by Phyllis Chesler
“Let us go then, you and I,
When the evening is spread out against the sky
Like a patient etherized upon a table…”
T.S. Eliot, The Love Song of J. Alfred Prufrock
Male House Finch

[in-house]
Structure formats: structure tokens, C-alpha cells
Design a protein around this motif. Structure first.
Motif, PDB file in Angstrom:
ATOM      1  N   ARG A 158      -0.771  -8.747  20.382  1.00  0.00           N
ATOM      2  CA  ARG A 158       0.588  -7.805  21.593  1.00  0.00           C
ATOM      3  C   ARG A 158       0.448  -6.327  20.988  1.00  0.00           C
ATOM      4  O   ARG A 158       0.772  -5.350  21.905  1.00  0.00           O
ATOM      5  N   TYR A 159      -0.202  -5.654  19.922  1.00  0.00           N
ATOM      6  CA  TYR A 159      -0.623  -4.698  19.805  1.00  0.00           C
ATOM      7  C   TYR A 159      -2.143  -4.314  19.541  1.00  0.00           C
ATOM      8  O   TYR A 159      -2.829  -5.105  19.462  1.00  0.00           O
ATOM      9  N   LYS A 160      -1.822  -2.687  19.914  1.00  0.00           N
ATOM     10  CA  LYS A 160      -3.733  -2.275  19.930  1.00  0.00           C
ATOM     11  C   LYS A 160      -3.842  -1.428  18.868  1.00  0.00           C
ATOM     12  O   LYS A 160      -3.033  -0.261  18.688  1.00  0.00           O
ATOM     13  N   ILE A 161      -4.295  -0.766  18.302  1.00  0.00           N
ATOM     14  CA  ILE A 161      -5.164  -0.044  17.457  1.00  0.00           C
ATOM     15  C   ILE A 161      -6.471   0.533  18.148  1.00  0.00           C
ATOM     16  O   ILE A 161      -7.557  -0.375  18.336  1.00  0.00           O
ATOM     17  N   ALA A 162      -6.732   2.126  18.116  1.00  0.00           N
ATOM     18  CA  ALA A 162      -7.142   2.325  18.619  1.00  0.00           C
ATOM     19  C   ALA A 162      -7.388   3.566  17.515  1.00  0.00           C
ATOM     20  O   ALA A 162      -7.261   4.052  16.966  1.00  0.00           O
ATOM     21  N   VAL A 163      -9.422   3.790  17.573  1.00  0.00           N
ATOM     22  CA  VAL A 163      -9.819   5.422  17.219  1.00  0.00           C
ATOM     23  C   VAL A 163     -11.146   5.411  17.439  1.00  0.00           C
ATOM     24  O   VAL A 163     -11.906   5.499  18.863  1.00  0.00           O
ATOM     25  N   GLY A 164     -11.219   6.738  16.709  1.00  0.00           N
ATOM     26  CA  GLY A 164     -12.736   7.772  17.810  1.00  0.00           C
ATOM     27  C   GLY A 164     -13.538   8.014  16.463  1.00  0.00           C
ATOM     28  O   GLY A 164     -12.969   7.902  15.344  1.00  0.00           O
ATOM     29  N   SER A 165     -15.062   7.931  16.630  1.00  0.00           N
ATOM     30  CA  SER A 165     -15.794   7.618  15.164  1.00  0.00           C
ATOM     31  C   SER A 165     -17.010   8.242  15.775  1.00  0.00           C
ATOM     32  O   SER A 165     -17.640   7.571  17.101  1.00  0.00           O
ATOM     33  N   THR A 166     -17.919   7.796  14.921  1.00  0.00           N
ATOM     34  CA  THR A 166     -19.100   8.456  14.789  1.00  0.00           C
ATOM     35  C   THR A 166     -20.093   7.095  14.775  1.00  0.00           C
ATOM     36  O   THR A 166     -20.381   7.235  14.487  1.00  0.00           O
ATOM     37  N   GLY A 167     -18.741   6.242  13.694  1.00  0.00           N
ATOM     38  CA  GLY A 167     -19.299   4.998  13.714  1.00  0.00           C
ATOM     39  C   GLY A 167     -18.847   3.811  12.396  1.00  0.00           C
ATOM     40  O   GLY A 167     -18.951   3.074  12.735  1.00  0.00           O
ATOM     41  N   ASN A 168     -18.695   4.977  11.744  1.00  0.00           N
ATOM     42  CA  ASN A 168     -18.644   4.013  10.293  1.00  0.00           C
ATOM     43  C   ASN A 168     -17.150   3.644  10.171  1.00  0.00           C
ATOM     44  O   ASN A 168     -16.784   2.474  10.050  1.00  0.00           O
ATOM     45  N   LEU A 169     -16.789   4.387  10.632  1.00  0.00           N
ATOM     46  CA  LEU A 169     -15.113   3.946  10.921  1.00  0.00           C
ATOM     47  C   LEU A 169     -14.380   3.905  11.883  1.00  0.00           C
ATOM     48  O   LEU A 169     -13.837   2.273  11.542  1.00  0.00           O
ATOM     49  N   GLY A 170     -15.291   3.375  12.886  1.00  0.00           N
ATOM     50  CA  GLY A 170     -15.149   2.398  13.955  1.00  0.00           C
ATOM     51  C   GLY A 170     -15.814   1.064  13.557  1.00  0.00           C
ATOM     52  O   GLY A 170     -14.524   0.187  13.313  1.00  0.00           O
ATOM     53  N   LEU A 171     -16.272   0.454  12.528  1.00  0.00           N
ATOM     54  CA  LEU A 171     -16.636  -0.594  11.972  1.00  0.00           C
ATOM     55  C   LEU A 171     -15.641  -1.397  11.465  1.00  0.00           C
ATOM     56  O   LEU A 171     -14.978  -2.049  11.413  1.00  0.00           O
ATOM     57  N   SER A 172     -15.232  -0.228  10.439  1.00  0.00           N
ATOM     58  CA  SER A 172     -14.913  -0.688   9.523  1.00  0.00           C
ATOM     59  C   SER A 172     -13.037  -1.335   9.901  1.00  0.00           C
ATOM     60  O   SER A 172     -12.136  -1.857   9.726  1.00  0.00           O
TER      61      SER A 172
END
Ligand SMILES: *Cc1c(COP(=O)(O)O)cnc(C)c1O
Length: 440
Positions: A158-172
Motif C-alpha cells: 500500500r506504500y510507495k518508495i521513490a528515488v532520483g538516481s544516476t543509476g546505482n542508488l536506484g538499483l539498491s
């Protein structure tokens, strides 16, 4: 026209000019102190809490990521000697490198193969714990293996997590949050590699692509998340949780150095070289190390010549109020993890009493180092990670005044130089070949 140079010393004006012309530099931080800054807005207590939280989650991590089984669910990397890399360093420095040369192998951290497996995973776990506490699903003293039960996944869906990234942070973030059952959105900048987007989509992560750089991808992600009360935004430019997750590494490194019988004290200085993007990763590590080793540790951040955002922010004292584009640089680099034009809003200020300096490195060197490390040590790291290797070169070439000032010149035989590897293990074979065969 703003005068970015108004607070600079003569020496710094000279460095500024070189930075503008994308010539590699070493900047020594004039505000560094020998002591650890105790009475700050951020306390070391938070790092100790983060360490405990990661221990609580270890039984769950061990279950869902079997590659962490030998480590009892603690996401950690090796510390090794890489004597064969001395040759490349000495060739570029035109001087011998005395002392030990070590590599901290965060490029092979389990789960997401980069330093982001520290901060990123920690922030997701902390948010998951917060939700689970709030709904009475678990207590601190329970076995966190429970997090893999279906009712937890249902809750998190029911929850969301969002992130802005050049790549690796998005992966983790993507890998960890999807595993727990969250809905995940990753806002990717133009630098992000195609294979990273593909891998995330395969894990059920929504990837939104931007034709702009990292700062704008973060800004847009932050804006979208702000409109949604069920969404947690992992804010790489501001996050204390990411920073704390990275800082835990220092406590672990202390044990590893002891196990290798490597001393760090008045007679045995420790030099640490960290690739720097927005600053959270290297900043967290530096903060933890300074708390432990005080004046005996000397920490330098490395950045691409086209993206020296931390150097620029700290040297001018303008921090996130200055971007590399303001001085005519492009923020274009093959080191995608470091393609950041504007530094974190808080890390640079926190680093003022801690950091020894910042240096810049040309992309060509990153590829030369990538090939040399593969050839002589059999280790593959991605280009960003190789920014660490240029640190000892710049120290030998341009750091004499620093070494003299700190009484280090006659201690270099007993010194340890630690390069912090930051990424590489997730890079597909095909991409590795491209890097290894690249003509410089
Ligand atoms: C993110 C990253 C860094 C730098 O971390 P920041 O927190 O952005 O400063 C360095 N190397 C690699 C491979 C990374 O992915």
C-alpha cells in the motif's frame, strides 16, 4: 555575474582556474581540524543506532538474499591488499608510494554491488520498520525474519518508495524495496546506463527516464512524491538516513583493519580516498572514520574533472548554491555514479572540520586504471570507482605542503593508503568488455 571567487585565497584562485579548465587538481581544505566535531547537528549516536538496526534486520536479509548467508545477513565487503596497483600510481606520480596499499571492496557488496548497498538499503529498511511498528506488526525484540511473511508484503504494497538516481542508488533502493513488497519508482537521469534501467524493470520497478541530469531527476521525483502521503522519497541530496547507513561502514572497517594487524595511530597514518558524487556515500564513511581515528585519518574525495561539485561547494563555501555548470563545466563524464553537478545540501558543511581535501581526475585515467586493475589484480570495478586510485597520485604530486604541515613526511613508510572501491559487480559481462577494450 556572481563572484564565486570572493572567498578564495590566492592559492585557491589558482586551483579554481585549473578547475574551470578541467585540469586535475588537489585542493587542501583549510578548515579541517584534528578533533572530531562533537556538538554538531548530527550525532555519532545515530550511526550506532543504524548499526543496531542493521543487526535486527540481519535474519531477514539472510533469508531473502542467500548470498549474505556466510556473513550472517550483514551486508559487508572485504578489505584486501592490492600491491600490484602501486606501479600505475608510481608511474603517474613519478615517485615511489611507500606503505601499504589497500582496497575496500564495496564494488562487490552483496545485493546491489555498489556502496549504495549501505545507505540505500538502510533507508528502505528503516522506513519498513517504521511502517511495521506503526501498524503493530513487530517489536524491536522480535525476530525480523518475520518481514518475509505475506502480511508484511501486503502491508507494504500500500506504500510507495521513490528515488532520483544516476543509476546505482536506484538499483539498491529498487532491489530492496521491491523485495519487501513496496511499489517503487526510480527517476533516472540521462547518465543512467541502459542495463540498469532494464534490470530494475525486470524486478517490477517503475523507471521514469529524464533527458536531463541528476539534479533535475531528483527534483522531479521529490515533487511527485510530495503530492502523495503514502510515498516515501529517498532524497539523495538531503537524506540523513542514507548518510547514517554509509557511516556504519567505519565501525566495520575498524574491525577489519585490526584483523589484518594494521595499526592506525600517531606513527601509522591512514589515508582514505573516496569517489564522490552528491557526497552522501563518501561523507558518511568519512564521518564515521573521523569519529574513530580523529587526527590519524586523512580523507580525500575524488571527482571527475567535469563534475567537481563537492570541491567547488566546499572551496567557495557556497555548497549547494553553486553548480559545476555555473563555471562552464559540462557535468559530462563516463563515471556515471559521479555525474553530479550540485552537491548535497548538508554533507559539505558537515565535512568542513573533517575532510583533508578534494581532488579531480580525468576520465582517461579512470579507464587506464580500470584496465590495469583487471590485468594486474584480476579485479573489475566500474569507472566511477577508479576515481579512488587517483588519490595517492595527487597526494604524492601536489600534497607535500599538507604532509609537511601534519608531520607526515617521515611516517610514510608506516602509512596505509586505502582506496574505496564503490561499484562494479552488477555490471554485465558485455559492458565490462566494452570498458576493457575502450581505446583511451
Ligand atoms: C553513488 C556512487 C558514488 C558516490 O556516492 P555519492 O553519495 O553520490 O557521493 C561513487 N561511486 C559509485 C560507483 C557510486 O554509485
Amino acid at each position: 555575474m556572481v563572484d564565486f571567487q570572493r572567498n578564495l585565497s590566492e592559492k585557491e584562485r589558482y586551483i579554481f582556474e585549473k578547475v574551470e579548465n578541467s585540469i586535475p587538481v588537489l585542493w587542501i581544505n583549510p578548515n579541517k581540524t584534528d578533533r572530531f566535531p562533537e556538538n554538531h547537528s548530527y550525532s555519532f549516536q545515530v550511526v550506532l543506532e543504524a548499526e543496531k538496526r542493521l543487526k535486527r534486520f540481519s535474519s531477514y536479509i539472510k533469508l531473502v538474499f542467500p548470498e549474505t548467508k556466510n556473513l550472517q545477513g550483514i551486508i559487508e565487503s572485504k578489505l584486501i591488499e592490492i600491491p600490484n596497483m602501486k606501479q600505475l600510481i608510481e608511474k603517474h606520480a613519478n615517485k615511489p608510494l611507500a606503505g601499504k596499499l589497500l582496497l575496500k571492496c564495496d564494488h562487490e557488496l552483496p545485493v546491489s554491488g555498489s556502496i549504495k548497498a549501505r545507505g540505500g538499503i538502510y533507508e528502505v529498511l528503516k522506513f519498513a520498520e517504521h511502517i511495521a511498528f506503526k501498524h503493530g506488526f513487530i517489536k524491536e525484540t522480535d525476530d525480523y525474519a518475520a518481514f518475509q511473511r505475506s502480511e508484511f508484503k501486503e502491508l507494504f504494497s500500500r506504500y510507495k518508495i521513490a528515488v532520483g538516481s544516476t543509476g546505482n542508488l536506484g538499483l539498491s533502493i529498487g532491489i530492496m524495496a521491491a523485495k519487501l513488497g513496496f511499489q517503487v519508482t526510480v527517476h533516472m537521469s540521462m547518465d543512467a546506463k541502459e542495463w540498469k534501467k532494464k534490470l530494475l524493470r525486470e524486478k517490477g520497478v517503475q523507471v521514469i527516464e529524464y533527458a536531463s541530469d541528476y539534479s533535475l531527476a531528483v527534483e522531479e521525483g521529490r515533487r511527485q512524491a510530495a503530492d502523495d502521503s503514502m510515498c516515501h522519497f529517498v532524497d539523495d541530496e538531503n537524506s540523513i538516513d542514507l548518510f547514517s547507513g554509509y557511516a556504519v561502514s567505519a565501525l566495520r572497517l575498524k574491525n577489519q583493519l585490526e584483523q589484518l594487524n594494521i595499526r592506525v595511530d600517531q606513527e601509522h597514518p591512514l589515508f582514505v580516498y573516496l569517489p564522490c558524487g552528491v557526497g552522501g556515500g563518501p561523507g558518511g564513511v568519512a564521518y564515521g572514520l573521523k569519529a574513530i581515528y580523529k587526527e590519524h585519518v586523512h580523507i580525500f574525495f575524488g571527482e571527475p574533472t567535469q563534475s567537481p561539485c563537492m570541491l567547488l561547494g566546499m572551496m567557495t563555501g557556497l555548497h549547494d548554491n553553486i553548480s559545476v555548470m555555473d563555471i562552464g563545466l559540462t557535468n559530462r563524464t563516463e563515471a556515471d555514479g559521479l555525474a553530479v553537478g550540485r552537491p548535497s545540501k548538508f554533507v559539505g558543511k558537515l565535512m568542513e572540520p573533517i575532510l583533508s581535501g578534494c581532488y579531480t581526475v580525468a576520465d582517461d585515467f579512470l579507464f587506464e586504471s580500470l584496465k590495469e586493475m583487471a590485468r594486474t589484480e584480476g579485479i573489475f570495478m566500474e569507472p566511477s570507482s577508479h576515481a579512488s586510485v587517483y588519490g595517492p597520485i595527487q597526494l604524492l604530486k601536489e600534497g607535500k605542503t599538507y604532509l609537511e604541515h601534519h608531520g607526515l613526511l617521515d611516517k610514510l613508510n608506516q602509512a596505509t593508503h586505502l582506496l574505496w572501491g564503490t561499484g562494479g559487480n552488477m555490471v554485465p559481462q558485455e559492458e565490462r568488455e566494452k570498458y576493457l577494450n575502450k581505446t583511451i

Yesterday, as I lay “etherized upon a table” for a GI series (nothing fatal discovered, problems exist requiring new medication and another way of eating), I was so happy to receive a set of photos taken by my colleague Donna Hughes on her farm in the North East. Each bird is so beautiful, so present, so precious, so supremely unaffected that such qualities put human vanity to shame. Cities, for all their advantages, have fewer birds and animals, fewer trees, less grass—except in certain designated areas. Nature is consoling because it reminds us that we are part of a great chain of being, that we have a place—a small place—in the grand scheme of things. And so we can breathe in the moment as we take it all in.